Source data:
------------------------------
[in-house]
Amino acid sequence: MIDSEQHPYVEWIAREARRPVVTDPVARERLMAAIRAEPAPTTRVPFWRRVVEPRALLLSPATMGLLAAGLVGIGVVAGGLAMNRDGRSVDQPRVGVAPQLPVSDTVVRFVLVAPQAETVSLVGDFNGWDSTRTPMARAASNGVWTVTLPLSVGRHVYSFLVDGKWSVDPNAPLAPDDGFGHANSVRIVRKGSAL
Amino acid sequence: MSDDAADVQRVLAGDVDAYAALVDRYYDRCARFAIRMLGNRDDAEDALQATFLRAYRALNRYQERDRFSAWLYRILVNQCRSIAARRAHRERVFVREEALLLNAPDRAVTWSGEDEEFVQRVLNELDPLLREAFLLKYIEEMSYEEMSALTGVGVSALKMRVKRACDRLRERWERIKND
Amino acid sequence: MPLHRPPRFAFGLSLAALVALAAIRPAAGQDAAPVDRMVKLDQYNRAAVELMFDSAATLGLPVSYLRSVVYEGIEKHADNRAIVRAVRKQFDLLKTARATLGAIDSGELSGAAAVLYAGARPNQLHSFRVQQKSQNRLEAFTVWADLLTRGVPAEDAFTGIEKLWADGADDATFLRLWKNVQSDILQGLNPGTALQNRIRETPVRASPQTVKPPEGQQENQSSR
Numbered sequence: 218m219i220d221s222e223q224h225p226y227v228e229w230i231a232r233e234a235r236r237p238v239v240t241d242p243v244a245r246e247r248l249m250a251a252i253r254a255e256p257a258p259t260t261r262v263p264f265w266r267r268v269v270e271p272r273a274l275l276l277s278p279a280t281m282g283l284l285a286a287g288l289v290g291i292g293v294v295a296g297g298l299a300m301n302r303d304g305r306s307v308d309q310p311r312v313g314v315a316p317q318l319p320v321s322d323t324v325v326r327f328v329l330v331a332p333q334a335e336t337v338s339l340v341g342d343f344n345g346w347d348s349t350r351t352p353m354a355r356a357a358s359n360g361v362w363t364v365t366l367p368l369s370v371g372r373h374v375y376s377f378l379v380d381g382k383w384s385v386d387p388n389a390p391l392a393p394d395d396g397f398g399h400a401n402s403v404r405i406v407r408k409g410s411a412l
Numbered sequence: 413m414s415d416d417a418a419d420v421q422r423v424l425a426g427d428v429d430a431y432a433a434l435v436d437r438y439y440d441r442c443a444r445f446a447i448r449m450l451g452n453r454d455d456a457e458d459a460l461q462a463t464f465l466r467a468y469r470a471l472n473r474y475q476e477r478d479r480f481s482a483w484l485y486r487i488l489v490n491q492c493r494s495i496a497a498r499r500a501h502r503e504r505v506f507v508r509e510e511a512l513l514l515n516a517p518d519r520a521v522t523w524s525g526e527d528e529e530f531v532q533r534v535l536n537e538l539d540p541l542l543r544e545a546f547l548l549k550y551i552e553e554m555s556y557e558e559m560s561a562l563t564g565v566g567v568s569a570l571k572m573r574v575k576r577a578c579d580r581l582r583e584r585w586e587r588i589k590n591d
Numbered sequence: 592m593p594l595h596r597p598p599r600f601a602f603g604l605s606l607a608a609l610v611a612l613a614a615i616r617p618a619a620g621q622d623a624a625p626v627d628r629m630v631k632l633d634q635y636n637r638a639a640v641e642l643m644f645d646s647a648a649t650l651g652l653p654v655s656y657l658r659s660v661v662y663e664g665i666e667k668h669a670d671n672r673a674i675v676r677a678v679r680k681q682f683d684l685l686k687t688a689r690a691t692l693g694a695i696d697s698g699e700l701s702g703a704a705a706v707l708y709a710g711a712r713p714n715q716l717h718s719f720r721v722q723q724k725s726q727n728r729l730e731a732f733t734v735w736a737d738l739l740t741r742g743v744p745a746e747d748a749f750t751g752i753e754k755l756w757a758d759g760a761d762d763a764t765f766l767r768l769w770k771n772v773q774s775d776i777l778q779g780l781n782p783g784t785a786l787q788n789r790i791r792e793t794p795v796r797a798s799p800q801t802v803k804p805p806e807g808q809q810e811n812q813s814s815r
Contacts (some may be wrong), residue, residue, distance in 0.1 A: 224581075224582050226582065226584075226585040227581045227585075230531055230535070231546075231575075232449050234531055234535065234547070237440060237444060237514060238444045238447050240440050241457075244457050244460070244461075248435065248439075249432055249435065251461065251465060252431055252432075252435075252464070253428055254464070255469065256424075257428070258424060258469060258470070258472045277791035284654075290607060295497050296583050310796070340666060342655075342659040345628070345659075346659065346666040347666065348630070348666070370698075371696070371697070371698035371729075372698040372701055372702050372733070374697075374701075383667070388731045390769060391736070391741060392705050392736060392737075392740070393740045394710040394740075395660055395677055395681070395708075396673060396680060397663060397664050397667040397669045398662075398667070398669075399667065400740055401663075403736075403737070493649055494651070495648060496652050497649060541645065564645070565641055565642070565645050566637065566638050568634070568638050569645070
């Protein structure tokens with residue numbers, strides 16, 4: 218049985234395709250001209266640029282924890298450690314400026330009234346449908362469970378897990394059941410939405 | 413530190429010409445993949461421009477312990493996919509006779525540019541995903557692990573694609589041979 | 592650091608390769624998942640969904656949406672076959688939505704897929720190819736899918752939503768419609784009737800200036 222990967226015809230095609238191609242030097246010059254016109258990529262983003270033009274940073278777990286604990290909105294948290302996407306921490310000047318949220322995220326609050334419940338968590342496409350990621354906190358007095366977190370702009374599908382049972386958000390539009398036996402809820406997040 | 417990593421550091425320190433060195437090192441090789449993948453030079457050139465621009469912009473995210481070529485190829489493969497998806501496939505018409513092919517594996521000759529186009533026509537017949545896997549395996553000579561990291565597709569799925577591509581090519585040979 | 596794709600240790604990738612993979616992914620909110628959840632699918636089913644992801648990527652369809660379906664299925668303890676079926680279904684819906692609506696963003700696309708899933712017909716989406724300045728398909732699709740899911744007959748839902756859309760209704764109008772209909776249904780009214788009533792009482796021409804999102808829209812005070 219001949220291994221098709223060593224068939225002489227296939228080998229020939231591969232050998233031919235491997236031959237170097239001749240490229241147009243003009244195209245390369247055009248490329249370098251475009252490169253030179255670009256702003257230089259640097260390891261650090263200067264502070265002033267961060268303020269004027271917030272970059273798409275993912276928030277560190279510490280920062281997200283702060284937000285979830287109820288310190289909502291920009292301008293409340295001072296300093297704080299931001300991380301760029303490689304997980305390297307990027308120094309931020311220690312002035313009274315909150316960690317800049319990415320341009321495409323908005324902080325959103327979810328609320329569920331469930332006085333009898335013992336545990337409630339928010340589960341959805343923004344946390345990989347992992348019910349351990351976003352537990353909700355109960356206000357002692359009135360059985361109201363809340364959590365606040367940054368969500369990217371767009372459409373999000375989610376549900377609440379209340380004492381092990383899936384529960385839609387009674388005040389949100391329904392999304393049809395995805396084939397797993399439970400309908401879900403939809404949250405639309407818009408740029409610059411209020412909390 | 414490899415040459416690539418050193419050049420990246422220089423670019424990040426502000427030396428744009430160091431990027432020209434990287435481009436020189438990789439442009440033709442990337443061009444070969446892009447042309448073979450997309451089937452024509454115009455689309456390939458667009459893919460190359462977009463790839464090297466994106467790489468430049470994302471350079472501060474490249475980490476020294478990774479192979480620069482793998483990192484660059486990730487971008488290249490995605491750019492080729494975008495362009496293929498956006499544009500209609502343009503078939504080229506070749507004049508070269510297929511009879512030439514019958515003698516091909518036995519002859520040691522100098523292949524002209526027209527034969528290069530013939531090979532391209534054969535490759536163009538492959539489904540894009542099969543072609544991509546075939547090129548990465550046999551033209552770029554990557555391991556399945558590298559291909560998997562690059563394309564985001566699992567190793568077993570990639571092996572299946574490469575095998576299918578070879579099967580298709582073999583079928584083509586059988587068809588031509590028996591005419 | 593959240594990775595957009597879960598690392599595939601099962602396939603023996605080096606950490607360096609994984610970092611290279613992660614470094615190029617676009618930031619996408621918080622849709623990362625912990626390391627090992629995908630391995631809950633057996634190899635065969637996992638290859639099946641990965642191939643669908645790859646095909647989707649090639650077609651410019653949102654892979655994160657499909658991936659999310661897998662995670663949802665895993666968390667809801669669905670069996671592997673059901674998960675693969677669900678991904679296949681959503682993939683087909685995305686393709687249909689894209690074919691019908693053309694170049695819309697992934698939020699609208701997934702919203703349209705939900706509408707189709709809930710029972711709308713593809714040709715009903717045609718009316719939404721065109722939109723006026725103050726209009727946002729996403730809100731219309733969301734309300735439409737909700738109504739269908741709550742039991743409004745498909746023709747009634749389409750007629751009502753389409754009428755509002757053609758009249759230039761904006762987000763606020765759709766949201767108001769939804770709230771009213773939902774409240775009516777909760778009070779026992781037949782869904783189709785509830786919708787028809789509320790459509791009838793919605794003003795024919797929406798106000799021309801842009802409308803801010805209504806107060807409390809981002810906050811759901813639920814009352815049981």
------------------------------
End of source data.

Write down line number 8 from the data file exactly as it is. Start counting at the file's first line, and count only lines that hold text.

Contacts (some may be wrong), residue, residue, distance in 0.1 A: 224581075224582050226582065226584075226585040227581045227585075230531055230535070231546075231575075232449050234531055234535065234547070237440060237444060237514060238444045238447050240440050241457075244457050244460070244461075248435065248439075249432055249435065251461065251465060252431055252432075252435075252464070253428055254464070255469065256424075257428070258424060258469060258470070258472045277791035284654075290607060295497050296583050310796070340666060342655075342659040345628070345659075346659065346666040347666065348630070348666070370698075371696070371697070371698035371729075372698040372701055372702050372733070374697075374701075383667070388731045390769060391736070391741060392705050392736060392737075392740070393740045394710040394740075395660055395677055395681070395708075396673060396680060397663060397664050397667040397669045398662075398667070398669075399667065400740055401663075403736075403737070493649055494651070495648060496652050497649060541645065564645070565641055565642070565645050566637065566638050568634070568638050569645070